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Attack On Multimodal Contrast Learning!

Attack On Multimodal Contrast Learning!

Contrastive Learning

3 main points
✔️ Poisoning backdoor attacks against multimodal contrastive learning models
✔️ Successful poisoning backdoor attack with very low injection rate
✔️ Advocate for the risk of learning from data automatically collected from the Internet

Poisoning and Backdooring Contrastive Learning
written by Nicholas CarliniAndreas Terzis
(Submitted on 17 Jun 2021)
Comments: ICLR2022

Subjects: Computer Vision and Pattern Recognition (cs.CV)


The images used in this article are from the paper, the introductory slides, or were created based on them.

first of all

Self-supervised learning models, such as Contrastive Learning, can be trained on high-quality unlabeled, noisy data sets. Such learning methods have the advantage that they do not require a high cost of the dataset creation and that learning on noisy data improves the robustness of the learning process.

However, there may be significant risks in training on automatically-collected data without human filtering. In the paper presented in this article, we performed target poisoning and backdoor attacks against multimodal contrastive learning models such as CLIP.

The results show that the attack is successful even with much smaller injection rates compared to standard supervised learning. (This paper is Accept(Oral) in ICLR2022)

On Multimodal Contrastive Learning

In a typical contrastive learning setting, we learn a function $f:X→E$ that maps inputs to an embedding space such that the embeddings of similar inputs are close and those of different inputs are far apart. While earlier contrast learning-focused mainly on contrast learning in a single domain (e.g., images), multimodal (e.g., images and text) contrast learning methods have started to emerge in recent years.

The paper presented in this article focuses specifically on attacks on image-text multimodal contrast learning models. In this setting, a dataset can be represented as $X \subset A×B (where A is an image and B is a text caption)$.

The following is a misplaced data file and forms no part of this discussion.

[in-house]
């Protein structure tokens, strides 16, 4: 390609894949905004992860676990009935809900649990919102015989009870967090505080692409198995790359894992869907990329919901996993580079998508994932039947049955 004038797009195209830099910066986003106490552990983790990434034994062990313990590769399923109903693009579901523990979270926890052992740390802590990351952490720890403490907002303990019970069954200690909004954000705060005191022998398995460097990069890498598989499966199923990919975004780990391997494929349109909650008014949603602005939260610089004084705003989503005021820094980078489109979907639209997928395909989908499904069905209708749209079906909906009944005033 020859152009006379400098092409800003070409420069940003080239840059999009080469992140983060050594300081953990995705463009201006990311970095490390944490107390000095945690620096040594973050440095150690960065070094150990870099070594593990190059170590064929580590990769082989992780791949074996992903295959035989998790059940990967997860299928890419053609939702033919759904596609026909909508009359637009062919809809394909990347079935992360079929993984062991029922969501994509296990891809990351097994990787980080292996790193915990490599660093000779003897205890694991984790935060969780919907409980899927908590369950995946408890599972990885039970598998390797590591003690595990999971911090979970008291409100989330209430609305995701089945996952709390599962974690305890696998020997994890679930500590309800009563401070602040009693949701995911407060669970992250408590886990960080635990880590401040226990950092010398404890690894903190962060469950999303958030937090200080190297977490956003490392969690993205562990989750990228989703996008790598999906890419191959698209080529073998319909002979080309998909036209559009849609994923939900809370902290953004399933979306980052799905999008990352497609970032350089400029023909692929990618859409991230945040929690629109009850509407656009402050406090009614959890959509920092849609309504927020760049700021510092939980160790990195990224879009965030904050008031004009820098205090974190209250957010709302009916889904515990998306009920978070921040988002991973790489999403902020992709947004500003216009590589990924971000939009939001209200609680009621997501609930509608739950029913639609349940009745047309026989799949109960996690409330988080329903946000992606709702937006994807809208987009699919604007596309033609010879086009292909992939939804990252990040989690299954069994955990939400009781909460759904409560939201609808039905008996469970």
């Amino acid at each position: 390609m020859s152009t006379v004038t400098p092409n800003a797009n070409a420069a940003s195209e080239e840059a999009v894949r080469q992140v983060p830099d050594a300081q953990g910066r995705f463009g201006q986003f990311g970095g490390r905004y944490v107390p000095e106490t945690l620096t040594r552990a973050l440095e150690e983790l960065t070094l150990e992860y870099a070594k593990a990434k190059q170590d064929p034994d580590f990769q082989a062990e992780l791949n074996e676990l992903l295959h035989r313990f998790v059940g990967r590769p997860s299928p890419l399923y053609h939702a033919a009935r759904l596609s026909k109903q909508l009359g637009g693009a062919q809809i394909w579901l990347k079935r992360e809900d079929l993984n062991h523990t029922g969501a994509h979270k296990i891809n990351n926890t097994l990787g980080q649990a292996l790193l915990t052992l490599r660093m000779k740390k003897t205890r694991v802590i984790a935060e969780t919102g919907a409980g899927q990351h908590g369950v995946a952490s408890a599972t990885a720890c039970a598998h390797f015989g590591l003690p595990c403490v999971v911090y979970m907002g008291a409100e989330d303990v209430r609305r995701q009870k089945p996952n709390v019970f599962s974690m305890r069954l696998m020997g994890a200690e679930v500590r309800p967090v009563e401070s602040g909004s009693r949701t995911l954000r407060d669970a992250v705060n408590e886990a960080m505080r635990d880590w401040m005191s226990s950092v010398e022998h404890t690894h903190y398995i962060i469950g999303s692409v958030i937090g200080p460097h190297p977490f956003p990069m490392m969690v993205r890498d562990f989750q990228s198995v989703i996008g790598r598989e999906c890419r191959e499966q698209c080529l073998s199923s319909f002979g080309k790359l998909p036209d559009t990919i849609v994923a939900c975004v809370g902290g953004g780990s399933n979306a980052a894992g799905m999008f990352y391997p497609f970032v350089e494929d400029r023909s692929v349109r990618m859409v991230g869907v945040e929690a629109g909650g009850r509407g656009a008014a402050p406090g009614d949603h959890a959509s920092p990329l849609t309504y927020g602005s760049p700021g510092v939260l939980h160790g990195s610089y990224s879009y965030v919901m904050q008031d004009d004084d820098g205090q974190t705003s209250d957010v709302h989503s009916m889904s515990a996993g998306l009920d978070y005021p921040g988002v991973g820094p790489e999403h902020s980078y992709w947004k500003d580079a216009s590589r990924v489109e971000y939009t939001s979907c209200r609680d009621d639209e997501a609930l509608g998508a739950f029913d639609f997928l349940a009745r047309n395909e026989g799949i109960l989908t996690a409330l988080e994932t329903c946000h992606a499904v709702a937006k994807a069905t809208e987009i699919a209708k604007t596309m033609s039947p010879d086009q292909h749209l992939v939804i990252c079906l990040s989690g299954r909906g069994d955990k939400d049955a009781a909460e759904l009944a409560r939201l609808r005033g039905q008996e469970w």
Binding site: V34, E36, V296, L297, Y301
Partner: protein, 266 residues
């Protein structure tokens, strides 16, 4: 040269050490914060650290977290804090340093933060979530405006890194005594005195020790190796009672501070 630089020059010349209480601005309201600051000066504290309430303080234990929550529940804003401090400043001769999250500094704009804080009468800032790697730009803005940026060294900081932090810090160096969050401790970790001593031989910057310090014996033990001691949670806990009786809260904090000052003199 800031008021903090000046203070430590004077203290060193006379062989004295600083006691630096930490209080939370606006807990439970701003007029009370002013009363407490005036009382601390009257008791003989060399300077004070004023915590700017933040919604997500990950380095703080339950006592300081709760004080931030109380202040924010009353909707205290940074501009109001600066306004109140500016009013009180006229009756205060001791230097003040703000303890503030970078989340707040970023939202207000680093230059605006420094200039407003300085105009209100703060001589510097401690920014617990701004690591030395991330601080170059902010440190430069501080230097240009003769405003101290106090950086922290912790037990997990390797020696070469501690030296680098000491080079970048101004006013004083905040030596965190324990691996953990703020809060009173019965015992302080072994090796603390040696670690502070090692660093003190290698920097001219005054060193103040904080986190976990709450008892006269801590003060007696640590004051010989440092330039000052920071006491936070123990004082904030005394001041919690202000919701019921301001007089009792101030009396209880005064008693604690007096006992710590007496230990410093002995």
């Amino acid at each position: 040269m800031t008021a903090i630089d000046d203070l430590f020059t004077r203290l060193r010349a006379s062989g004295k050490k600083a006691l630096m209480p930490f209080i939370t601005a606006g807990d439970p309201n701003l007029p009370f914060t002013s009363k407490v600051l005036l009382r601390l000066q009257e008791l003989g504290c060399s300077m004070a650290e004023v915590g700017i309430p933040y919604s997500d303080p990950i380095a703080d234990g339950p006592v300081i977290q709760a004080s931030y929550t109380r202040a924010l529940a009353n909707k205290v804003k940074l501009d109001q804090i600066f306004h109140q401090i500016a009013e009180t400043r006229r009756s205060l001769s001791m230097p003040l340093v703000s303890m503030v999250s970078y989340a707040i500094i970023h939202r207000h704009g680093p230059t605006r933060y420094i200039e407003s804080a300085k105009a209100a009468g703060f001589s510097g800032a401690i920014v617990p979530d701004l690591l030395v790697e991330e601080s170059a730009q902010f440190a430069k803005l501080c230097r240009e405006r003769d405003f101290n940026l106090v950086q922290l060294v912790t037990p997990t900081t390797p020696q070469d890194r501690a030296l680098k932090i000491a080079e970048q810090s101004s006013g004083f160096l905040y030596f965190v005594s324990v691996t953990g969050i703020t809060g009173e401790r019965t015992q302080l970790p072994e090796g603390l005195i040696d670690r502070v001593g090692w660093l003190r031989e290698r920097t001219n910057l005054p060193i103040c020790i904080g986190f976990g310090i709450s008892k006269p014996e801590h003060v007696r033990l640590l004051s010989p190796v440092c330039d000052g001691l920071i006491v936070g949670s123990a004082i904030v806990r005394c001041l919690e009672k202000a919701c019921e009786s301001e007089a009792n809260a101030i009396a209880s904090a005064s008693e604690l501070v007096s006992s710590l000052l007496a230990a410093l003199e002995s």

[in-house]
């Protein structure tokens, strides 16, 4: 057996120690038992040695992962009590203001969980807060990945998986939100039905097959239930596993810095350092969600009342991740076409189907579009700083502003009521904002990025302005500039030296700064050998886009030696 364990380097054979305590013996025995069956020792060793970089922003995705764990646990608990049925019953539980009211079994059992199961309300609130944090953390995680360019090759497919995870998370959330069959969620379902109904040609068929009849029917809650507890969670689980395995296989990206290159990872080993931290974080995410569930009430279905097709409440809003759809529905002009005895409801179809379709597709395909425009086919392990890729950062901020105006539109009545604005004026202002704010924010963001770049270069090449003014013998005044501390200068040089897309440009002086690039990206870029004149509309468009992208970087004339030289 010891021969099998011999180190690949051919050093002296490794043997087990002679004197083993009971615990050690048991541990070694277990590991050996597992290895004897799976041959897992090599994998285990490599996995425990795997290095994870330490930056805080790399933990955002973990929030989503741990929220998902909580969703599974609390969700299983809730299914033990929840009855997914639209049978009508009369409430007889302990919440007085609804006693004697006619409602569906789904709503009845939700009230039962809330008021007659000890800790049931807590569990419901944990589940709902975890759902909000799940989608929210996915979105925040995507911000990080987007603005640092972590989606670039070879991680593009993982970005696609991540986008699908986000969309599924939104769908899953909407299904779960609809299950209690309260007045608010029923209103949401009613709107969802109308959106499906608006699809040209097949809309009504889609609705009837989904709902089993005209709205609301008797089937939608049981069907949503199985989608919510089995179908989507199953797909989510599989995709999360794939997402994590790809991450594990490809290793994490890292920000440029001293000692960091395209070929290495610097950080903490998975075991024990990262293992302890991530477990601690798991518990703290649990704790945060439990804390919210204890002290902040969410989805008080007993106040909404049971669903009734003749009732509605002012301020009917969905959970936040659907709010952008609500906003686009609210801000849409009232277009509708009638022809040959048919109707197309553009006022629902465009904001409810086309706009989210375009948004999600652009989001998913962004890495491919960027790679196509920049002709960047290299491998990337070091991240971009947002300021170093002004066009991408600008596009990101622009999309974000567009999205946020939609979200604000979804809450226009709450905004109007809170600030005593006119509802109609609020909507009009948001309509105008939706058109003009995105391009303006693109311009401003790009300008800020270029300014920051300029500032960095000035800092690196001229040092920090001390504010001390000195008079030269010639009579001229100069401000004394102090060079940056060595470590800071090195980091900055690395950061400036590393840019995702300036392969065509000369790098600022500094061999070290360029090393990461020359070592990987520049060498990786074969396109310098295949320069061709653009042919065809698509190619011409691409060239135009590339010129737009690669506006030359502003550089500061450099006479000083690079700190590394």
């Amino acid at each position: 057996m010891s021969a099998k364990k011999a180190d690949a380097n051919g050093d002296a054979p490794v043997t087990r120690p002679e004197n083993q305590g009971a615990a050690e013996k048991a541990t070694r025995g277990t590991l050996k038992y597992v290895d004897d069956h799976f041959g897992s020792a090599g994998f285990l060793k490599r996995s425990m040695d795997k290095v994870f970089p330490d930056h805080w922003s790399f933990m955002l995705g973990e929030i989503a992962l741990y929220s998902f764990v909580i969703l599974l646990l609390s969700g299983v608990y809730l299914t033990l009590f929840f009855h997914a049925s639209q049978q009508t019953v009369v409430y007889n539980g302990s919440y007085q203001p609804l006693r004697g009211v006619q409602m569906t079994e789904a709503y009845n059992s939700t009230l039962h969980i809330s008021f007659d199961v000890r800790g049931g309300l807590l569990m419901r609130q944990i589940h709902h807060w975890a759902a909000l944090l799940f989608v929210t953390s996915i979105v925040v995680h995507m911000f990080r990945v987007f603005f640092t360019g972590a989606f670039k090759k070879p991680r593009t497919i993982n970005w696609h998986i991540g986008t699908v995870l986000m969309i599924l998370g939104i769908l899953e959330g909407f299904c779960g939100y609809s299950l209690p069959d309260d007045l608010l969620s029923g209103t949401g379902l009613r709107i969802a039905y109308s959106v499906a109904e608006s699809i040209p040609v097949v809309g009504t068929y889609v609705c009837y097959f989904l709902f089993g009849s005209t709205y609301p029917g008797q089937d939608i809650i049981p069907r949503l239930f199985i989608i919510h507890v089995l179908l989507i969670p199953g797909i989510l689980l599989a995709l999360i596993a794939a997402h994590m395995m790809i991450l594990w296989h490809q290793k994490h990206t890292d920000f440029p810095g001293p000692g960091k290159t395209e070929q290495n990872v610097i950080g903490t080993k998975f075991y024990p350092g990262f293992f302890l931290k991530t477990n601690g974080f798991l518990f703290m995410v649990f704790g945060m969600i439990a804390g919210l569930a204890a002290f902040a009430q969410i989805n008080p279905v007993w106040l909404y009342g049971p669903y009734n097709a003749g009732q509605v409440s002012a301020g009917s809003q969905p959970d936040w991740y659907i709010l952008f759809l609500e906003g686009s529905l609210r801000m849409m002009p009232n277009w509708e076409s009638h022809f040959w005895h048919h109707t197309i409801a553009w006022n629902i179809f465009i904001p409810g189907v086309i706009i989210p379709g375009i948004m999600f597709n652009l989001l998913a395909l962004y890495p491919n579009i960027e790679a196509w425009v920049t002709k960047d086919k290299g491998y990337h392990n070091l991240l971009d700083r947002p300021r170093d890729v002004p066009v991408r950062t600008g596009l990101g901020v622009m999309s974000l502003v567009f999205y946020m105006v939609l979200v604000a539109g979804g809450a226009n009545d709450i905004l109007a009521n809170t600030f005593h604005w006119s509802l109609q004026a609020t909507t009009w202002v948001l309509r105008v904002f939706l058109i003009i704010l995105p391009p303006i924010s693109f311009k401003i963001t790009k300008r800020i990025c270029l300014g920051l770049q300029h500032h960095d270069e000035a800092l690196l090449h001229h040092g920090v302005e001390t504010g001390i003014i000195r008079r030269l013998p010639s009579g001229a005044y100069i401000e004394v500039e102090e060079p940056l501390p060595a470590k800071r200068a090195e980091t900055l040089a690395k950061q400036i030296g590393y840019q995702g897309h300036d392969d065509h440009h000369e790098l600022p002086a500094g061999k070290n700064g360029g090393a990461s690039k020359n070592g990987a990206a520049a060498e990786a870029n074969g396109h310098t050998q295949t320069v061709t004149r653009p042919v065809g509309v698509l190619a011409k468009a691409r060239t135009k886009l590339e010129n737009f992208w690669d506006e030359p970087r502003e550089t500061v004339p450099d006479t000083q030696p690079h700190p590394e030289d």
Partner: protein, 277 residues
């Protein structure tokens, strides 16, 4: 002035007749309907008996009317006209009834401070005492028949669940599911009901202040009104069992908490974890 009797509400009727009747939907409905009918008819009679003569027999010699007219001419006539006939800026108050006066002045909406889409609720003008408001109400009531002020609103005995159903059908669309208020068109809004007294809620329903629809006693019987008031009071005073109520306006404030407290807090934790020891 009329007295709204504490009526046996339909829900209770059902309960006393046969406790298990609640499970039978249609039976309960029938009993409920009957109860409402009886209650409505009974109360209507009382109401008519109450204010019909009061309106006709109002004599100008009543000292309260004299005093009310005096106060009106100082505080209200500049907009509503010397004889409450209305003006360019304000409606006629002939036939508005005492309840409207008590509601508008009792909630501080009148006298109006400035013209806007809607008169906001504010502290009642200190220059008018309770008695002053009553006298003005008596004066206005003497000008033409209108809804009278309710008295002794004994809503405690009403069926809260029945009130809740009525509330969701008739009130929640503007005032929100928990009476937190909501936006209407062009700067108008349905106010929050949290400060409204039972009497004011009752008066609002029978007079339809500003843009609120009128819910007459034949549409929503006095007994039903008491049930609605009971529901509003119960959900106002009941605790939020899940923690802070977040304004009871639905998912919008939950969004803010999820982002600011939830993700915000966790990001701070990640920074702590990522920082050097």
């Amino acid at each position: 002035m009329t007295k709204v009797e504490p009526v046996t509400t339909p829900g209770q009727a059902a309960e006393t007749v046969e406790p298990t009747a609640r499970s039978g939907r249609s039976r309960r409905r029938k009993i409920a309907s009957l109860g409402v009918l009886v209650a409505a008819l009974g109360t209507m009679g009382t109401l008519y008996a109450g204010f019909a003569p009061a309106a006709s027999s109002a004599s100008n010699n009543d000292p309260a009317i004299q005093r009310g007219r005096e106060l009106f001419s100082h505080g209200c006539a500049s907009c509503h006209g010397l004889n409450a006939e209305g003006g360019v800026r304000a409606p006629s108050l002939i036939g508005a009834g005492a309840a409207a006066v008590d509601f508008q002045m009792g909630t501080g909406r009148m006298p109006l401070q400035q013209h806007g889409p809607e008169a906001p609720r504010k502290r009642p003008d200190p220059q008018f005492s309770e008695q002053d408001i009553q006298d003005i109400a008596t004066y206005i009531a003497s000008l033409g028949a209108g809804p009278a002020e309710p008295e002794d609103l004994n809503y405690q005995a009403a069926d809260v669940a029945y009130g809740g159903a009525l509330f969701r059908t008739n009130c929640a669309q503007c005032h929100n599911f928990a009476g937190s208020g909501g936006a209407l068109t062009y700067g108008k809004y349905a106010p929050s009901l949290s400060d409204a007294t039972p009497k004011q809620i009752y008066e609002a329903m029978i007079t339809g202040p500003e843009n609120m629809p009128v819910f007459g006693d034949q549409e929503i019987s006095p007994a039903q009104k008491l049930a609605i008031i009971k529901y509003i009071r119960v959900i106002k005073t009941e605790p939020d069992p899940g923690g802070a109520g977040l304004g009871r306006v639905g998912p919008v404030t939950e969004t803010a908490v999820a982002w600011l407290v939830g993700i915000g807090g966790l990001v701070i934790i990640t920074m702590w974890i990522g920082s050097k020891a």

The goal of the multimodal contrast learning model is then to learn functions $f: A→E,g: B→E$ that map inputs from the respective domains $A, B$ to the German embedding space. For a training sample $(a,b) \in X$, learning is performed to minimize the inner product between the representations $f(a),g(b)$ obtained from each embedding function and maximize the inner product with another sample $(a',b') \in X$. The learned contrast learning model is also usually used for either a feature extractor or a zero-shot classifier.

Poisoning Backdoor Attacks

In a poisoning attack, a poison train set $X'=X\cupP$ is created by injecting a poison sample $P$ into the train set $X$. Here, targeted poisoning is an attack that injects a poison sample so that some input $X'$ is classified into a specific target label $Y'$.

Also, in a backdoor attack, an image $x'=x \otimes bd$ with a specific trigger (backdoor patch) added to the input is attacked to be classified to a specific target label $y'$.

Here is an example of an image with the backdoor patch added

(The square-shaped backdoor patch is applied in the lower-left corner of the image.)

In the paper, we perform these targeted poisoning backdoor attacks against multimodal contrastive learning models.

Attacker Configuration

In the paper, we focus on attacks on the image embedding function $f:X→E$ in multimodal contrastive learning models. We also assume that an attacker can inject a small number of samples into the train set.

However, if the trained contrast training model is used as a feature extractor and as the backbone for additional classifiers, we assume that the train set and algorithms from the training of the classifiers are not accessible.

Poisoning Backdoor Attacks on Multimodal Contrastive Learning

As the simplest case, we first consider a targeted poisoning attack against a multimodal contrastive learning model. In this case, a targeted poisoning attack can be performed by injecting image-text pairs into the train set that encourage the classification of image $x'$ into target label $y'$.

Specifically, we inject a set of pairs of images $x'$ and a caption sentence associated with the target label $y'$ as a poison sample.

multisample poisoning attack

If the target image is $x'$ and the target label is $y'$, for the attack on the multimodal contrastive learning model, we need to construct a caption set $Y'$ associated with the label $y'$.

For example, if an image is labeled "basketball", an example caption might be "A photo of a kid playing with a basketball".

If we construct such a caption set $C$, the poison set $P$ injected into the train set is defined as follows.